• Primary Database – A production database that is used to create standby databases. The archive logs from the primary database are transfered and applied to standby databases. Each standby can only be associated with a single primary database, but a single primary database can be associated with multiple standby databases.
• Standby Database – A replica of the primary database.
• Log Transport Services – Control the automatic transfer of archive redo log files from the primary database to one or more standby destinations.
• Network Configuration – The primary database is connected to one or more standby databases using Oracle Net.
• Log Apply Services – Apply the archived redo logs to the standby database. The Managed Recovery Process (MRP) actually does the work of maintaining and applying the archived redo logs.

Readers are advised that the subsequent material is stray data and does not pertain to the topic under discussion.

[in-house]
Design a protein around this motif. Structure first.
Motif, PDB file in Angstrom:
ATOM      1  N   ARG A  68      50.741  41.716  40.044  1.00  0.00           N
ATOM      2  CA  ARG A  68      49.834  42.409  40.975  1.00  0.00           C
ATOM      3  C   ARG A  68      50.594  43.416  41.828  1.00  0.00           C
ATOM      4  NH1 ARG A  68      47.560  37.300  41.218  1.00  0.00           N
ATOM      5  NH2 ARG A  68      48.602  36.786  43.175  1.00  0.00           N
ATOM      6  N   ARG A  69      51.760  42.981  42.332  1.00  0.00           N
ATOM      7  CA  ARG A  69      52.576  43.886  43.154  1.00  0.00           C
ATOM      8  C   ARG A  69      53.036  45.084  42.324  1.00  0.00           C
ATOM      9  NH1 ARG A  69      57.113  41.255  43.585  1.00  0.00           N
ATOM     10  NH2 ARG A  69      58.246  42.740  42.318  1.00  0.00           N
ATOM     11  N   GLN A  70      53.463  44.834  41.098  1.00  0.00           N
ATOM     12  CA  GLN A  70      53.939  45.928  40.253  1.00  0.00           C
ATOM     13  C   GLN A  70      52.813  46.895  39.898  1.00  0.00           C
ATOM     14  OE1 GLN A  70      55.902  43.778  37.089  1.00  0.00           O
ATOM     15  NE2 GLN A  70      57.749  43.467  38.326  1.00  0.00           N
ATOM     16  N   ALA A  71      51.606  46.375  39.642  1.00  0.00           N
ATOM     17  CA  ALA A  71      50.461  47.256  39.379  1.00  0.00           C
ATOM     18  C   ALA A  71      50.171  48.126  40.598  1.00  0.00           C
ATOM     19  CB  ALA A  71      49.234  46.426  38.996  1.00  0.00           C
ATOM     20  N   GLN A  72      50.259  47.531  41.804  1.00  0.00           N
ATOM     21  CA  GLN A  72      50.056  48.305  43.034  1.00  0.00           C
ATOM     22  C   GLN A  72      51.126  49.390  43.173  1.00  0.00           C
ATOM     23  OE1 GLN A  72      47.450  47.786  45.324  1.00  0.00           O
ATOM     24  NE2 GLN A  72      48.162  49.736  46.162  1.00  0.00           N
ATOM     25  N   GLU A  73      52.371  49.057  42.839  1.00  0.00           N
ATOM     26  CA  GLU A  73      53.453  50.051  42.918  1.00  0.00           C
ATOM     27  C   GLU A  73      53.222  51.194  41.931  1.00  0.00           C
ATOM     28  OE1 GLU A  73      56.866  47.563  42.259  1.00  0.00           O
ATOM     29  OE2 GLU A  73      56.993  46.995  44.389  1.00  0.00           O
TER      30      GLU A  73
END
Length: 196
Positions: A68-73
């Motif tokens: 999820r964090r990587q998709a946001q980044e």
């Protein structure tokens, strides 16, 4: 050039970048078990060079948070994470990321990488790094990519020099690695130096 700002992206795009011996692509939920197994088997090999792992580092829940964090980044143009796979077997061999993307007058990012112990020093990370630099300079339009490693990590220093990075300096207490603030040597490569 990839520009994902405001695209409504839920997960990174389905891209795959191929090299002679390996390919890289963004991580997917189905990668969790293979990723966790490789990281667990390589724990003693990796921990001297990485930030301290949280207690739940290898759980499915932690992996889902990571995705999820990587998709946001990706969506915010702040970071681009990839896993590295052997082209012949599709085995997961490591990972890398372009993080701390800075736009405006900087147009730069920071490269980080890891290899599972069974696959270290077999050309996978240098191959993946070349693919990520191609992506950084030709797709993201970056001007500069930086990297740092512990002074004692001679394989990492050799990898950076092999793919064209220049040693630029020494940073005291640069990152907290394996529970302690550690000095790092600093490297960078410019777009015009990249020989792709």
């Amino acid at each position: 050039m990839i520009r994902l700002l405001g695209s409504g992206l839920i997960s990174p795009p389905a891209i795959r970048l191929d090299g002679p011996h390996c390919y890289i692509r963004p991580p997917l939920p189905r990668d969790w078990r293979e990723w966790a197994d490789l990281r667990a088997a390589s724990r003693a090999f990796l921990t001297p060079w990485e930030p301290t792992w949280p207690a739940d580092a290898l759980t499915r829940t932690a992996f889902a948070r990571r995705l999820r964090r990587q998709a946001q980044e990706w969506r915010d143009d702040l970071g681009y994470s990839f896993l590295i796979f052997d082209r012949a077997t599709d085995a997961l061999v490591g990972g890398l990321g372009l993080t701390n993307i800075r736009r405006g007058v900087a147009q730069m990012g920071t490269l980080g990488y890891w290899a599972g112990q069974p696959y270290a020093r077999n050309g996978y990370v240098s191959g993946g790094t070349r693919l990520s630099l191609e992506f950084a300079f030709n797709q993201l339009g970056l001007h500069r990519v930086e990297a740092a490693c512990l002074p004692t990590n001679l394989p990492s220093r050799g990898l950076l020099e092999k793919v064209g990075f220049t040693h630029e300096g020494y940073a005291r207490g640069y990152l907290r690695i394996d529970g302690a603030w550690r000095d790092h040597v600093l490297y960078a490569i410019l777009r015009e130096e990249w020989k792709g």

• Role Management Services – Control the changing of database roles from primary to standby. The services include switchover, switchback and failover.
• Data Guard Broker – Controls the creation and monitoring of Data Guard. It comes with a GUI and command line interface.

Primary Database:
A Data Guard configuration contains one production database, also referred to as the primary database, that functions in the primary role. This is the database that is accessed by most of your applications.

Standby Database:
A standby database is a transactionally consistent copy of the primary database. Using a backup copy of the primary database, you can create up to nine standby databases and incorporate them in a Data Guard configuration. Once created, Data Guard automatically maintains each standby database by transmitting redo data from the primary database and then applying the redo to the standby database.
The types of standby databases are as follows:

Physical standby database: